Effective anti-corruption compliance programs include protections for whistleblowers that raise corruption concerns. Article 13.3 of Russia‘s 2008 Federal Law No. 273-FZ on Counteracting Corruption (the “Anti-Corruption Law”) addressed Russian lawmakers’ expectations regarding effective compliance programs. But the law was silent on whistleblower protections. Recently proposed legislation in Russia may help address this gap.
Even before the Anti-Corruption Law came into effect, Russian law included several provisions that could be interpreted to provide some protection for whistleblowers. For example, Russian employment law prohibits discrimination and sets out an exhaustive list of permissible grounds for dismissing an employee for cause; firing an employee for blowing the whistle on potential corruption is not among them. As a result, firing an employee for whistleblowing could ran afoul of Russian employment law. In addition, the Russian government can protect individuals whose security might be threatened as a result of their participation in criminal proceedings that involve alleged corruption. The state might, for example, provide such witnesses with physical protection, relocate them, or even give them new identities.
These legal protections, however, were not specifically tailored to corruption-related offenses and did not address certain key issues. In particular, Russian law does not protect a whistleblower’s identity; there is, therefore, no assurance of anonymity for those willing to report potential corruption. The absence of such protections dramatically increases the risk of retaliation by those whose misdeeds are reported and others.
In 2013, the Ministry of Labor and Social Protection of the Russian Federation (the “Ministry of Labor”) recognized this shortcoming. The Ministry of Labor identified the importance of establishing a whistleblower hotline and procedures designed to protect whistleblowers from formal and informal sanctions.
Soon thereafter, the Russian President, in National Anticorruption Plan for 2014-2015, instructed the government to develop a legal framework for protecting whistleblowers from prosecution by officials whose actions they reported. In 2015, the Ministry of Labor drafted a bill, but it did not advance through the legislative process for more than two years.
The Russian government recently resumed its consideration of legislation to protect whistleblowers. In October 2017, the government introduced in the State Duma amendments to the Anti-Corruption Law that would provide state protection to certain persons who inform their employers or state authorities of corruption-related crimes. As drafted, this protection extends to state or municipal officials or employees who allege criminal violations by their employers or state authorities.
In addition to the already-existing protections in criminal proceedings and certain protections in employment relations, the contemplated state protections include the following:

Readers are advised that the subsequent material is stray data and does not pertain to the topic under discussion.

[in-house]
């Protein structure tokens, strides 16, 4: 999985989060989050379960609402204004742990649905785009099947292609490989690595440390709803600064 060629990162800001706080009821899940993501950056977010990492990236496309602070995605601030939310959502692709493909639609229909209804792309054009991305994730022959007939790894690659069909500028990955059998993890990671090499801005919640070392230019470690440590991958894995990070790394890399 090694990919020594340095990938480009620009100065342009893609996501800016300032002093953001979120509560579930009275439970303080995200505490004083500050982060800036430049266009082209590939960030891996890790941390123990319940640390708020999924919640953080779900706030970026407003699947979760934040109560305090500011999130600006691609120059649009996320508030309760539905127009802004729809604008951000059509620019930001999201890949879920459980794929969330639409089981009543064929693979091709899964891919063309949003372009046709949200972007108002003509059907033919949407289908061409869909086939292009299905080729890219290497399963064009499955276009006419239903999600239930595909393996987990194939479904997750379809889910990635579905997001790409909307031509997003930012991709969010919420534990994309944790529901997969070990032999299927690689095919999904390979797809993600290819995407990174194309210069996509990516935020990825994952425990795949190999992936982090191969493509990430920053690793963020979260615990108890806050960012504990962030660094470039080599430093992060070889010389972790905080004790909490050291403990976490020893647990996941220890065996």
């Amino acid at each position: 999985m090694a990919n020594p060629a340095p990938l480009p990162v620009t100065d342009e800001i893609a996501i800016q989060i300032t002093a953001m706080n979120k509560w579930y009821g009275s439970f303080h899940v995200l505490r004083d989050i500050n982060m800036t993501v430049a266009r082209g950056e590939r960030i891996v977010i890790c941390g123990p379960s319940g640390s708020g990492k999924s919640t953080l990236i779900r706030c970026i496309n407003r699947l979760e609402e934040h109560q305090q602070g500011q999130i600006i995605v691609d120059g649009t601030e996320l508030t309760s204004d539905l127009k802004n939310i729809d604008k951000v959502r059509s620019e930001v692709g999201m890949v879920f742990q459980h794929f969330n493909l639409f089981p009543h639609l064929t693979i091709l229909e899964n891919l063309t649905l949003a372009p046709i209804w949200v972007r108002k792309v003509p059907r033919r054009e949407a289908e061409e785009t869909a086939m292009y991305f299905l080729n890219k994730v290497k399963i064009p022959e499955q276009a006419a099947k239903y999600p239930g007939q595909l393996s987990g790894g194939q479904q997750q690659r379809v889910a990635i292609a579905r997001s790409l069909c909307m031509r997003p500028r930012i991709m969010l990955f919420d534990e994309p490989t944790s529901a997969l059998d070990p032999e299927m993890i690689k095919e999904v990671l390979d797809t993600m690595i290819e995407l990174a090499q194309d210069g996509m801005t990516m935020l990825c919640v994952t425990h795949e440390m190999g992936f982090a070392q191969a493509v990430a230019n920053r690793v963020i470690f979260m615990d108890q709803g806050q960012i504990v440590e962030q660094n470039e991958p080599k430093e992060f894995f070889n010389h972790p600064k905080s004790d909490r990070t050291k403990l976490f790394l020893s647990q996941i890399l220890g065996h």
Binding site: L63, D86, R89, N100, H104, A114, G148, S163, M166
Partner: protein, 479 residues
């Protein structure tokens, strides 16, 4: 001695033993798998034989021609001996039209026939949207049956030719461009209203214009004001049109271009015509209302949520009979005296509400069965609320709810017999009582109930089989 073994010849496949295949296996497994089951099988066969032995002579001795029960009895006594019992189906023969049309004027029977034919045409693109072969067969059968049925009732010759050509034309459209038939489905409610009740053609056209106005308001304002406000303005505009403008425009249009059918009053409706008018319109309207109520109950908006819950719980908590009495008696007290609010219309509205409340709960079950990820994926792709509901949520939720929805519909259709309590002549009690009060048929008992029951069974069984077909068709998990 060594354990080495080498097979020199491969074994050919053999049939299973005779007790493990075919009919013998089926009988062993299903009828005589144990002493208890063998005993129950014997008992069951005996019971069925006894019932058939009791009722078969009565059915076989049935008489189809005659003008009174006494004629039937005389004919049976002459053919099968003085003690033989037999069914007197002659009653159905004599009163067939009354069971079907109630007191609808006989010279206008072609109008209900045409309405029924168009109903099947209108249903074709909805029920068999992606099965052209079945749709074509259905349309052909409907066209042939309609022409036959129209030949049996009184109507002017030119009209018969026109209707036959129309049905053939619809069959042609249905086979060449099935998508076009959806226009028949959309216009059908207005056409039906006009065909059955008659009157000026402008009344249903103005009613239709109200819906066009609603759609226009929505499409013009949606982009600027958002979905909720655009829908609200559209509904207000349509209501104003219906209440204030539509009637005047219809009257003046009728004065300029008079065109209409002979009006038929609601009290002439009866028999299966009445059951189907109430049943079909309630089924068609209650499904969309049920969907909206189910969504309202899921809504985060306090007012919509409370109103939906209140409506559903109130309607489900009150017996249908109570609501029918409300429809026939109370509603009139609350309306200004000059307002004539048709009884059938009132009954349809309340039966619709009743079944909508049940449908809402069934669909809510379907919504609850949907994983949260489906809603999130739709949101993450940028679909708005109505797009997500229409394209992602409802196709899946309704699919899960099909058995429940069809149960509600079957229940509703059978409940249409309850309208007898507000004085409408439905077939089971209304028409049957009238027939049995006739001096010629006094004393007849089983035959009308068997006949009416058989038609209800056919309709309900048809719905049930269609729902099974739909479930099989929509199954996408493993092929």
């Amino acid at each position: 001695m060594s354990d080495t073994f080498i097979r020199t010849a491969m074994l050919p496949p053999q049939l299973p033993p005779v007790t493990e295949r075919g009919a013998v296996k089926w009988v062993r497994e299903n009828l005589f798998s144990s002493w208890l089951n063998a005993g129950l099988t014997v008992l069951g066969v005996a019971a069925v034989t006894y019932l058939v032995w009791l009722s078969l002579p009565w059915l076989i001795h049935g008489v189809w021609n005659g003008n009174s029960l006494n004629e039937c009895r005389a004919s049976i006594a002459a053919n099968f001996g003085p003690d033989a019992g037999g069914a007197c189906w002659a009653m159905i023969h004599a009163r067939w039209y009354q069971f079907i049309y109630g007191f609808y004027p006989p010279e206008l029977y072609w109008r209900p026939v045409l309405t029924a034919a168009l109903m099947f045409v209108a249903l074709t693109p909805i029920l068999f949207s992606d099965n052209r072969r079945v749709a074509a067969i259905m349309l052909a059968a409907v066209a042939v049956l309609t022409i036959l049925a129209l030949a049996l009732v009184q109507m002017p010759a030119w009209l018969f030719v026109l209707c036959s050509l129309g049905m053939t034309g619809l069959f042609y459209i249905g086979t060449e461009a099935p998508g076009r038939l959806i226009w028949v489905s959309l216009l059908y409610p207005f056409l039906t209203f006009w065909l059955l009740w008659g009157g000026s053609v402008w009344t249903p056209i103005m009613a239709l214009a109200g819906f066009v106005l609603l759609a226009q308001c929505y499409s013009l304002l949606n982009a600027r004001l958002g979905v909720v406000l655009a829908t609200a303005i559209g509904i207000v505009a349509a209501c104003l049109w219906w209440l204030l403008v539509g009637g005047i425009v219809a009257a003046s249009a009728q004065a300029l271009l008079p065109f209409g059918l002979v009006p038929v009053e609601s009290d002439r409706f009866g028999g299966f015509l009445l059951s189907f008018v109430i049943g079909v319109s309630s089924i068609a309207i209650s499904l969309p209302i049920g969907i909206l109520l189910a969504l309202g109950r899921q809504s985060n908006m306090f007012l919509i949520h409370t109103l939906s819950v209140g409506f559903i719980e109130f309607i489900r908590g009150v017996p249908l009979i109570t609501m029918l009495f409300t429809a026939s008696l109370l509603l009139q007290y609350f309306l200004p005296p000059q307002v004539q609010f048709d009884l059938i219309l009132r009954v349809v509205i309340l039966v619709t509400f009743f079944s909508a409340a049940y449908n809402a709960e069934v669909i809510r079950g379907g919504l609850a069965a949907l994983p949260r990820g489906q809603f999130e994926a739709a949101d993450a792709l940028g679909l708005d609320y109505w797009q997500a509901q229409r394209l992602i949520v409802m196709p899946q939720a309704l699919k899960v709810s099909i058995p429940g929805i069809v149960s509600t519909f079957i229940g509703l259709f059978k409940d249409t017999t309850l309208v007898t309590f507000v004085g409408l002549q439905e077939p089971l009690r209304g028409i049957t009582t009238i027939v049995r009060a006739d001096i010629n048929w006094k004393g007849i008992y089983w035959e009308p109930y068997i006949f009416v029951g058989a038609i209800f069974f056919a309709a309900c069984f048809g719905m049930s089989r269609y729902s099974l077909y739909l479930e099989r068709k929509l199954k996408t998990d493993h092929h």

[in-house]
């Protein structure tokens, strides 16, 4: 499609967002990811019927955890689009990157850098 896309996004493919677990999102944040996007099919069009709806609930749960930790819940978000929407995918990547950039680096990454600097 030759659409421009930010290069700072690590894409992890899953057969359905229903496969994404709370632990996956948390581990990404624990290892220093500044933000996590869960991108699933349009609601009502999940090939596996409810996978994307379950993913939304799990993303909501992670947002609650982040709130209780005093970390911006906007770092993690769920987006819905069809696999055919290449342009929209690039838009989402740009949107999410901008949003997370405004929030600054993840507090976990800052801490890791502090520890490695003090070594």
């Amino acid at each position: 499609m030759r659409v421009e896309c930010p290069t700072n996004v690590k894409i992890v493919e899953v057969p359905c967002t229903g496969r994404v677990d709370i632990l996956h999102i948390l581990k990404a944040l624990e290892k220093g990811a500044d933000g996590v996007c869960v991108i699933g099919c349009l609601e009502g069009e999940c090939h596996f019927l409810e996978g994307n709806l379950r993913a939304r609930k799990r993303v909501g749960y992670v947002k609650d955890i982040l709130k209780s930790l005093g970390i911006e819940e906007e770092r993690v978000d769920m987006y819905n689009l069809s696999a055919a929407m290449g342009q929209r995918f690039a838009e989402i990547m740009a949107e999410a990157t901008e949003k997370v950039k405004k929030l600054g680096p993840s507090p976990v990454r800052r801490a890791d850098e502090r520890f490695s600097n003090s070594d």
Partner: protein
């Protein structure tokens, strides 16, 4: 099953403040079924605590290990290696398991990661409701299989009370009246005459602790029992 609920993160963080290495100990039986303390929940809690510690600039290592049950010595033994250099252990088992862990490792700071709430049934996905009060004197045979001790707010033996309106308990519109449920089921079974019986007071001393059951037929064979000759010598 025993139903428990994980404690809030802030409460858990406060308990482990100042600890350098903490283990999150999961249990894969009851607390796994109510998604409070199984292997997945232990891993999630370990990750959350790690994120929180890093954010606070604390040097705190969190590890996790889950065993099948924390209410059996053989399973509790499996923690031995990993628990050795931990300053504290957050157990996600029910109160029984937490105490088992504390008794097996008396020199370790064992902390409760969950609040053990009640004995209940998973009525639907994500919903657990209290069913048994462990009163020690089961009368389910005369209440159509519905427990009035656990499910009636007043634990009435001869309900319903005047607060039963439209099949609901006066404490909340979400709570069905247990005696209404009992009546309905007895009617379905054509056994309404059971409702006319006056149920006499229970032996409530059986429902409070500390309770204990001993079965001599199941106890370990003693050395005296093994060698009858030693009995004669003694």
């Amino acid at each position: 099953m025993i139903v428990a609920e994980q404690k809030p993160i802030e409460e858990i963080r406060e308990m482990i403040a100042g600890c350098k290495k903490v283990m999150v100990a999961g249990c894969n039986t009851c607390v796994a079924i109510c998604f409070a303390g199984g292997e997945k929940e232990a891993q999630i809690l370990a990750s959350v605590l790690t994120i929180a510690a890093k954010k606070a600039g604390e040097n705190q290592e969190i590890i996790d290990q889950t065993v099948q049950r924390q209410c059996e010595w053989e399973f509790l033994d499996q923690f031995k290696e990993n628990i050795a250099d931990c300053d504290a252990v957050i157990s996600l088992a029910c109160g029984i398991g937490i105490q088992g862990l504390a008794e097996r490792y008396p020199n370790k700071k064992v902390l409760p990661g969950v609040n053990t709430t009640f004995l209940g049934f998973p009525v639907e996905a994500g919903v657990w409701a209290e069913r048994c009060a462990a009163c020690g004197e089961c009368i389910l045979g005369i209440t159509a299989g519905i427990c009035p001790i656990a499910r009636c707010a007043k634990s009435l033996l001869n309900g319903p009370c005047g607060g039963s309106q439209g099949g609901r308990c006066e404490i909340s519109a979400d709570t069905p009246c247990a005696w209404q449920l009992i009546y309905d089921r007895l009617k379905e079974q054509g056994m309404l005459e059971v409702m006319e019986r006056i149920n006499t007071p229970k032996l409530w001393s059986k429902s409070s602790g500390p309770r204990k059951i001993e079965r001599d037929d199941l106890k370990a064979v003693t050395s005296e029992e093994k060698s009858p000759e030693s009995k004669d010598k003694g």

- Confidentiality: Information on the whistleblower and the data included in a whistleblower notification are to remain confidential and cannot be disclosed by the employer, its officials, state authorities, persons rendering legal assistance on a pro bono basis, or attorneys. The whistleblower’s identity can be disclosed only upon his or her consent.
- Legal assistance on pro bono basis: Whistleblowers are entitled to pro bono legal assistance to help prepare the reporting of a corruption offense and in connection with any claim of discrimination resulting from such reporting.
- Guarantees against discrimination: An employer can only take adverse employment action against a whistleblower – e.g., termination, imposition of disciplinary penalties, or transfer to another position – after approval by an ethics and conflict-of-interest commission or similar authority. A state prosecutor must be invited to attend the meetings of such authority. This guarantee is effective for two years from the date of the reporting of the corruption offense. The employee may be terminated earlier only if the information provided in the whistleblower’s report is determined to be unfounded in an internal investigation conducted by the employer.
The proposed bill leaves room for interpretation. For example, the mechanism of involving an ethics and conflict-of-interest commission or similar authority in employment-related decisions related to a whistleblower is intended to apply to both state and private employers, but it is not clear whether the already existing corporate authorities of the private employers will qualify as “similar authorities” and be able to adopt such decisions. This issue may be further clarified during the next readings of the bill in the State Duma. If the bill is adopted by the State Duma, it will require approval of the Council of Federation and signature of the President to become a law.
 For more details, see Paul R. Berger, Dmitry V. Nikiforov, Bruce E. Yannett, Jane Shvets, and Anna V. Maximenko, “Anticorruption Compliance Programs under Russian Law: Article 13.3 and the FCPA/UKBA Experience,” FCPA Update, Vol. 4, No. 9 (Apr. 2013) (PDF: 214 KB).
 For more details, see Dmitri Nikiforov, Bruce E. Yannett, Anna V. Maximenko, and Jane Shvets, “Russia Issues Detailed Recommendations on Compliance with Russian Anti-Corruption Law,” FCPA Update, Vol. 5, No. 5 (Dec. 2013) (PDF: 290 KB).
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